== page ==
How the vision/ eyes motif shows the powers and limitations of human vision. A Midsummer Night’s Dream brings to literary life the inherent qualities of the “eyes” in human nature. As its title suggests, this play is about dreams, and their often illogical, magical, and sensual character. William Shakespeare, the author, puts major emphasis on the overall idea of vision and indirectly expands this motif to express his personal opinion. He believes human vision is a dynamical force with transformative abilities; yet, Shakespeare does not fail to outline the limitative power of the “eyes”.
Shakespeare begins scene one of A Midsummer Night’s Dream by introducing the characters that eventually help him convey the power of vision in its qualities of bringing about change. One of these personalities is Helena, a young woman of Athens who is in love with a nobleman named Demetrius. Frequently depicted in frustration, Helena’s character often comments about “eyes” and their relation to the reason why Demetrius does not return her love.
It is at these instances where Shakespeare begins to link the vision motif to the ability of “eyes” to alter the perceptions of people. For example, when Helena is distressed about Demetrius’s newfound love for her best friend, Hermia, she claims that “Love looks not with the eyes but with the mind/ And therefore is winged Cupid painted blind” (Shakespeare. I. i. 234-235). Through these lines, Shakespeare hints a broader significance: love depends not on an objective assessment of appearance but rather on a perception created in the mind.
In other words, Shakespeare claims that Demetrius’s sudden change in heart is because of a change in his mental perception of Helena and Hermia. Therefore, Helena thinks Demetrius has built up a fantastic notion of Hermia’s beauty that prevents him from recognizing Helena’s own beauty. Based on this idea, it is evident that such visions, engendered in the mind, can force one to think the complete opposite of what was originally perceived.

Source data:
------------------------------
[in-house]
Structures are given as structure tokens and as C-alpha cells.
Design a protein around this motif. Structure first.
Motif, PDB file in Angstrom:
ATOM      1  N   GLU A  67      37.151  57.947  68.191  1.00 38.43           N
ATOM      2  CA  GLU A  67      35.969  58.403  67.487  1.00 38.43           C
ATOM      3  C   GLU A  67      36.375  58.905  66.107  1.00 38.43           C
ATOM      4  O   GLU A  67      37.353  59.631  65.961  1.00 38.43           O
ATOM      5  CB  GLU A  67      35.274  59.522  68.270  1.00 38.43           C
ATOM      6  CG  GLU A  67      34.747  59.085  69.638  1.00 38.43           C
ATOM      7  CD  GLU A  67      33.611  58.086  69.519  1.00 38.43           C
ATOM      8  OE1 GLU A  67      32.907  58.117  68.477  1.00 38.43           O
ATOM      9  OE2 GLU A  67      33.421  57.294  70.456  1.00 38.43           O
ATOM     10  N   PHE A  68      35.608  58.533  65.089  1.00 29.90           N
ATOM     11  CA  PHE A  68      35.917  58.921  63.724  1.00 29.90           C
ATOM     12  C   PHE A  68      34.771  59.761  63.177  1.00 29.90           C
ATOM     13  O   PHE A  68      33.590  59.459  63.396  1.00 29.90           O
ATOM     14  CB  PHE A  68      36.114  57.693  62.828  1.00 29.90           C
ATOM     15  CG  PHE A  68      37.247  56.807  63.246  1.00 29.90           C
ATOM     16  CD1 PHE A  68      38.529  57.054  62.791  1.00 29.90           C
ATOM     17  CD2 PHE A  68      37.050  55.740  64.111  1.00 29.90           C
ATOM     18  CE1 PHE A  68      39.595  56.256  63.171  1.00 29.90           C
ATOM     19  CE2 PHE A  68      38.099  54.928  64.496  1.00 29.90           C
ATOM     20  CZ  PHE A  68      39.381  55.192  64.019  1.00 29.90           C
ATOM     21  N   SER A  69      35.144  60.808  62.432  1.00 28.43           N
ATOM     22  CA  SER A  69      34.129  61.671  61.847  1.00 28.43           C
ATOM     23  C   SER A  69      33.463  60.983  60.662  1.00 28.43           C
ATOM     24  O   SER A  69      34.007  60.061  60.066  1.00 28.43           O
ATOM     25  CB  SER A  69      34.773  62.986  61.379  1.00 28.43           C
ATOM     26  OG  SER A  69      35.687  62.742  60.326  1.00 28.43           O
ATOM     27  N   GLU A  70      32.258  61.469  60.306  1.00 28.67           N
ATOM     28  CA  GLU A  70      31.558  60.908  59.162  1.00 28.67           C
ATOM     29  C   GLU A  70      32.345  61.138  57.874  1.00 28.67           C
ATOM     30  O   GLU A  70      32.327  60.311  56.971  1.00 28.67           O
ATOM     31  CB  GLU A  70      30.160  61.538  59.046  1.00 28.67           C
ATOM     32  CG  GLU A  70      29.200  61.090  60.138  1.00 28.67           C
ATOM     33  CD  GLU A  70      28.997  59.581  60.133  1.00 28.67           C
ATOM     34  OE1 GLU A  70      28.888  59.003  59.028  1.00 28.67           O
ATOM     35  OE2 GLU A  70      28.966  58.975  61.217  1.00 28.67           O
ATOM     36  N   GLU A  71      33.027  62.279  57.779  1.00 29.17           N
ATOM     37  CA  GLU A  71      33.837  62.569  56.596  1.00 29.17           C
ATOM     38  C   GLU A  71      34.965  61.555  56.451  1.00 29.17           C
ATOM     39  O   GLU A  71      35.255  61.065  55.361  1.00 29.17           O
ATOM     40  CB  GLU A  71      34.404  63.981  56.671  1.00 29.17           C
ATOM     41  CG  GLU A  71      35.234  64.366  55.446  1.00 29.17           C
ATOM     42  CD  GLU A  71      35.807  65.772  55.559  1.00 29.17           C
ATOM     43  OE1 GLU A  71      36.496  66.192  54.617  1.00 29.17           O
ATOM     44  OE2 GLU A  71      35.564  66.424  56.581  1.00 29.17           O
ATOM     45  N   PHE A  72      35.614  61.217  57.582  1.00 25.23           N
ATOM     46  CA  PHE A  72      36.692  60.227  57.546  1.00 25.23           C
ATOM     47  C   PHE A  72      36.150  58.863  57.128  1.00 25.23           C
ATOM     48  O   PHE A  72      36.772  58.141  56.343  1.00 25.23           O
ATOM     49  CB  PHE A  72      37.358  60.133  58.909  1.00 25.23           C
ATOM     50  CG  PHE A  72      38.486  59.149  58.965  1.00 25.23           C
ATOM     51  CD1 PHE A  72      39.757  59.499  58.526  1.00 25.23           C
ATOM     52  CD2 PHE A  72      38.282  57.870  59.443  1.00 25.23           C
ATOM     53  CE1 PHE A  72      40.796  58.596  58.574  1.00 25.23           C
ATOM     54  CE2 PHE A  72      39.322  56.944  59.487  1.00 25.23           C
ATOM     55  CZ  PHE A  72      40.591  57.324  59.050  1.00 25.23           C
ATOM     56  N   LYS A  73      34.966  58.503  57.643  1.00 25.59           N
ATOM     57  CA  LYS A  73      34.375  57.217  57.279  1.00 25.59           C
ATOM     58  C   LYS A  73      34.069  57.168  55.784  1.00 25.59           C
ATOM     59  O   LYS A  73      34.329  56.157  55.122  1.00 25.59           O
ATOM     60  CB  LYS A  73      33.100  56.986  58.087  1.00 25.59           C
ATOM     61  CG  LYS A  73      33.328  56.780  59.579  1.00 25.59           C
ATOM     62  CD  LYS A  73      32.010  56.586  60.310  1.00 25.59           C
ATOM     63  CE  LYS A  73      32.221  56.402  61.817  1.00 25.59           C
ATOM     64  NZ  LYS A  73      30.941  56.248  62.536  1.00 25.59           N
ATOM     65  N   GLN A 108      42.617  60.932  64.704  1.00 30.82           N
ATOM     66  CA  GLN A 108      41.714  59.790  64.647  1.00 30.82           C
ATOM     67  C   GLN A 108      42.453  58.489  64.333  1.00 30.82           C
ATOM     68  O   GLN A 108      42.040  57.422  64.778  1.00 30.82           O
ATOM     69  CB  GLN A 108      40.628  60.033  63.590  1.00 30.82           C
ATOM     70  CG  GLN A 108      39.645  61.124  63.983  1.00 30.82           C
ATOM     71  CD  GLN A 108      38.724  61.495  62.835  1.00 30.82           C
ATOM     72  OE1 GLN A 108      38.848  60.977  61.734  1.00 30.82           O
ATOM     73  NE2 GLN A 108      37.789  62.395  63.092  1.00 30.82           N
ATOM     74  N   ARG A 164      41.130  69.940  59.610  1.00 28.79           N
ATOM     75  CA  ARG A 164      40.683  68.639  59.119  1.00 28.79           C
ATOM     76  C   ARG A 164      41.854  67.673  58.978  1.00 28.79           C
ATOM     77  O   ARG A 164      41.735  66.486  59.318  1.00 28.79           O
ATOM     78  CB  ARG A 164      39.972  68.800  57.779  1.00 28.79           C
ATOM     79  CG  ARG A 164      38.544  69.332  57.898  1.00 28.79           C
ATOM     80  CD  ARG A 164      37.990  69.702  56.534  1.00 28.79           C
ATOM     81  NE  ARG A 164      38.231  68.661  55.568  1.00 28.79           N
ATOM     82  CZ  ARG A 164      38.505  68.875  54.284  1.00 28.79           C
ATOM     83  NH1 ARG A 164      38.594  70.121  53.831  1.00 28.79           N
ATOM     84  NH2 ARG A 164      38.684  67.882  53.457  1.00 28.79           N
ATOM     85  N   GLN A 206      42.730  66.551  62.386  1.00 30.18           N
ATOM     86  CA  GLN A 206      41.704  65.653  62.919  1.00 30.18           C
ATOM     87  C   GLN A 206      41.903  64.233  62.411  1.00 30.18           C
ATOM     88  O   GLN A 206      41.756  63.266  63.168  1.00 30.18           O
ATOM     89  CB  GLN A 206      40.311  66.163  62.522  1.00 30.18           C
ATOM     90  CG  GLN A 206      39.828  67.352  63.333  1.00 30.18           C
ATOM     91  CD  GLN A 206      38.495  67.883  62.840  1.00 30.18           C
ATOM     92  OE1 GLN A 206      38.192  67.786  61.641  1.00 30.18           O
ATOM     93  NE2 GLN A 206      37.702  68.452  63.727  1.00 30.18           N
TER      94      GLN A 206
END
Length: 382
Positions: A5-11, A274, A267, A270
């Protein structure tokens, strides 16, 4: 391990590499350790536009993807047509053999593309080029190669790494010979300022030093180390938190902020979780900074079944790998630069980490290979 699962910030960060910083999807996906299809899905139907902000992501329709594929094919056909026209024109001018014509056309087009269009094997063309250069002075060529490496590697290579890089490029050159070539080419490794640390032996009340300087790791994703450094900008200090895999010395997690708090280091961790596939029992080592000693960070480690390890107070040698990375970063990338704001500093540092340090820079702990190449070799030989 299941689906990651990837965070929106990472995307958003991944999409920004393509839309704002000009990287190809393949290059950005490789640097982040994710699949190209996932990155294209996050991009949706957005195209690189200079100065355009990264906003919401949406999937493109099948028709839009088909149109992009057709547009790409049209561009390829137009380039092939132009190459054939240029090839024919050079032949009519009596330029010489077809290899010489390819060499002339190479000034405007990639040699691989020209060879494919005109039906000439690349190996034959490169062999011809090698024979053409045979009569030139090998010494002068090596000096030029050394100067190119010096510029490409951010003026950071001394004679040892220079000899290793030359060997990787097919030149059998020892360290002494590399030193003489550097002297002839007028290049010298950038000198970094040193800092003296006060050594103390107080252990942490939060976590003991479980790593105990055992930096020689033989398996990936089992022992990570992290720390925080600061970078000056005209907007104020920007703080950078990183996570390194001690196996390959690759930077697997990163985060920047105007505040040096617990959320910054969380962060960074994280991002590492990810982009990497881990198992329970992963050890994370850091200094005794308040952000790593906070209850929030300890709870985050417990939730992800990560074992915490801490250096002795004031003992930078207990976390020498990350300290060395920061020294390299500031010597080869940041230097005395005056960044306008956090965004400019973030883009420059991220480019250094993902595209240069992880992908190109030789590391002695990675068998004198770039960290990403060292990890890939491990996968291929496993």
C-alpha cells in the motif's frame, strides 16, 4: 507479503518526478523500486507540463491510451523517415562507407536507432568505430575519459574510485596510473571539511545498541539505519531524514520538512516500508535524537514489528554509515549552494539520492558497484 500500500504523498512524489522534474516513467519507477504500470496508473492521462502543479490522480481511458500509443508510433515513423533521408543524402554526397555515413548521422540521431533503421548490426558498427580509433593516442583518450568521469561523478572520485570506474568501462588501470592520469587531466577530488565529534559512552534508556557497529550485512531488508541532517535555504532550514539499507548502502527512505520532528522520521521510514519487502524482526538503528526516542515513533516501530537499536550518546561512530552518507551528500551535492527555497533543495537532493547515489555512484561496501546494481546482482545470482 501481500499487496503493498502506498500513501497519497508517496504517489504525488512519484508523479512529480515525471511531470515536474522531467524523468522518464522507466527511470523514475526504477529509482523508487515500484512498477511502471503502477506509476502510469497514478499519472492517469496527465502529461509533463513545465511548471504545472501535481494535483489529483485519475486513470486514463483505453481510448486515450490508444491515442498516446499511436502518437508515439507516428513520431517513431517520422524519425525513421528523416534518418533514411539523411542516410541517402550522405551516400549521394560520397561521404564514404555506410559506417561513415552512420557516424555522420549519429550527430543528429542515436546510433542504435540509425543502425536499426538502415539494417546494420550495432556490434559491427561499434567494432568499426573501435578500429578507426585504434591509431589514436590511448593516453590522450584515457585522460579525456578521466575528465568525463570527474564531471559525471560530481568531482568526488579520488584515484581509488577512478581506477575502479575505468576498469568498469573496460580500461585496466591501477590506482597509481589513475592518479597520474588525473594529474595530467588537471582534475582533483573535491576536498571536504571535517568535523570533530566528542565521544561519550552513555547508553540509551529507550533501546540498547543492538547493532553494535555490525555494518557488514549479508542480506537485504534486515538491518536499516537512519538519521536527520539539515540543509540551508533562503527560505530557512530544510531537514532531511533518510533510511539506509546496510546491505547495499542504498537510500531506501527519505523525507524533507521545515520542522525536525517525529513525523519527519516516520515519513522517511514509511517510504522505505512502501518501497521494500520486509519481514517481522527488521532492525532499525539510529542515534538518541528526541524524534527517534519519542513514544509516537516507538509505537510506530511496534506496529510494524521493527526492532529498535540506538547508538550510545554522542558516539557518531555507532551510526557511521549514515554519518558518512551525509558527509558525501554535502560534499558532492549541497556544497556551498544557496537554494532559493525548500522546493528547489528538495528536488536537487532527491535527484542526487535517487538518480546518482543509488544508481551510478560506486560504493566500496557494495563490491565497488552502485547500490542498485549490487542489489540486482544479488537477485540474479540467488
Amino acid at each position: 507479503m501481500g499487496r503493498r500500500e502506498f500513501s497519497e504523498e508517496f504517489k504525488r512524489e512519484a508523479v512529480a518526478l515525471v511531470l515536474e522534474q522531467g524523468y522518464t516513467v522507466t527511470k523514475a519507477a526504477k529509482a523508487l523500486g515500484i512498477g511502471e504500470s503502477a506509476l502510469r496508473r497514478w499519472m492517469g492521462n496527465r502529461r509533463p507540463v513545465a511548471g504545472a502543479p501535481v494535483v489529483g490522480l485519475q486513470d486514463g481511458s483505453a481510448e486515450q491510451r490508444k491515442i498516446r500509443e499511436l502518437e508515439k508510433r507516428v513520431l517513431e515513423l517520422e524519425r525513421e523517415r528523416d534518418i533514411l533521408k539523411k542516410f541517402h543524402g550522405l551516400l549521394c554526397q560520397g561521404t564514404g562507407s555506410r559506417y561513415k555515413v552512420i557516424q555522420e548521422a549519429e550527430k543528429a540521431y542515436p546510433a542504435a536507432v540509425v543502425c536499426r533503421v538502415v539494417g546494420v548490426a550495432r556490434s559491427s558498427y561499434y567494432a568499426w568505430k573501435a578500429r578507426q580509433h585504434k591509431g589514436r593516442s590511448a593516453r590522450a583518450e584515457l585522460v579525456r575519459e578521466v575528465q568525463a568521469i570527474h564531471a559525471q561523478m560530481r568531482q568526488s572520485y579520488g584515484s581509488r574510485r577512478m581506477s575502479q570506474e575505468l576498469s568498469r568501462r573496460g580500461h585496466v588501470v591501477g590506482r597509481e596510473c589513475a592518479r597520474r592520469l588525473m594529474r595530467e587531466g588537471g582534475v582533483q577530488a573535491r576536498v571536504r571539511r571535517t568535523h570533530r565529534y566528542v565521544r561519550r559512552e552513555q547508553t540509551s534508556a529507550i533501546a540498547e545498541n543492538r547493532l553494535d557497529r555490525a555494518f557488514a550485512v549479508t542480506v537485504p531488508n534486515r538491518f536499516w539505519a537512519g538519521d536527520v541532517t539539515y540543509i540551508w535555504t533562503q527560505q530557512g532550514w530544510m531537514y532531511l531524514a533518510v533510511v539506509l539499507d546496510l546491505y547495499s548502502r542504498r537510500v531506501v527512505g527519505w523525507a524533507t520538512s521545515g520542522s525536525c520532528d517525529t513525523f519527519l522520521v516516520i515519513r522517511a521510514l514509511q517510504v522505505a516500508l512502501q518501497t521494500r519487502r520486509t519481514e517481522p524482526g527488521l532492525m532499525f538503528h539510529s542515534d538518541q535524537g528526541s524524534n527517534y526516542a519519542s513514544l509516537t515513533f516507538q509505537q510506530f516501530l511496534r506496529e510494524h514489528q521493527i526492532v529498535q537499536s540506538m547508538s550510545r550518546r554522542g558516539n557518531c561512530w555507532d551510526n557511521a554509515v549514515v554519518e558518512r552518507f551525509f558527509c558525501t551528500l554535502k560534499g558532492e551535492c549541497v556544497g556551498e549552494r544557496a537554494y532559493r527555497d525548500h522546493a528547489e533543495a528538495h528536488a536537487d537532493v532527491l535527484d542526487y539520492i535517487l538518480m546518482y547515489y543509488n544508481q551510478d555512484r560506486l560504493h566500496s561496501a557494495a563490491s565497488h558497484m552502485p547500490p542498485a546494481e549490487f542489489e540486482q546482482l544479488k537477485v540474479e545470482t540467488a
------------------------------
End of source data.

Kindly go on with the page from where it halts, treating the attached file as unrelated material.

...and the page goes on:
Thus, the “eyes” motif becomes a more complex concept, for Shakespeare connects it to the transforming power human vision. While Shakespeare does expand the “eyes” motif to embody the changing ability of vision, he also captures the limits human vision can have on individuals. The cliche saying is “Things are not always what they seem”. This truism is prevalent in Shakespeare’s depiction of Queen Titania when she wakes up and falls in love with the beastly Bottom, whose head is magically turned into that of a donkey’s.
Upon seeing Bottom, Queen Titania declares that “…so is mine eye enthralled by to thy shape / And thy fair virtue’s force perforce doth move me/ On the first view to say…” (Shakespeare. III. i. 118-120). Queen Titania’s misrecognition of Bottom’s magically altered head as an angel, caused her husband, Oberon’s, powerful love potion, provides a powerful example of the inadequacy of using vision as the basis of love: she claims Bottom’s body has “enthralled” her so much that she fell in love with him on “first view”.
Oberon’s love-potion works much as Cupid’s arrows are reputed to do: by impairing vision. The juice charms Queen Titania’s sight, so she is unable to see her lover for what he really is. Thus, Shakespeare illustrates the limits of human vision, especially in conjunction with the abstract concept of love. The potion indirectly blinds the Queen to such an extent that she cannot distinguish reality from fantasy. When love is seen with the eyes, as in this case, it becomes a baseless concept, thwarting rationale visually and mentally.
Hence, Shakespeare reveals that the power of human vision also has its limitations. Evidently, William Shakespeare proves his belief that the human vision is a concept that holds a certain transformative power, but has its own constraints as well. He depicts that ideology through his comical play, A Midsummer Night’s Dream in the form of the various characters and their different circumstances and successfully shows this ambivalent nature of the “eyes”.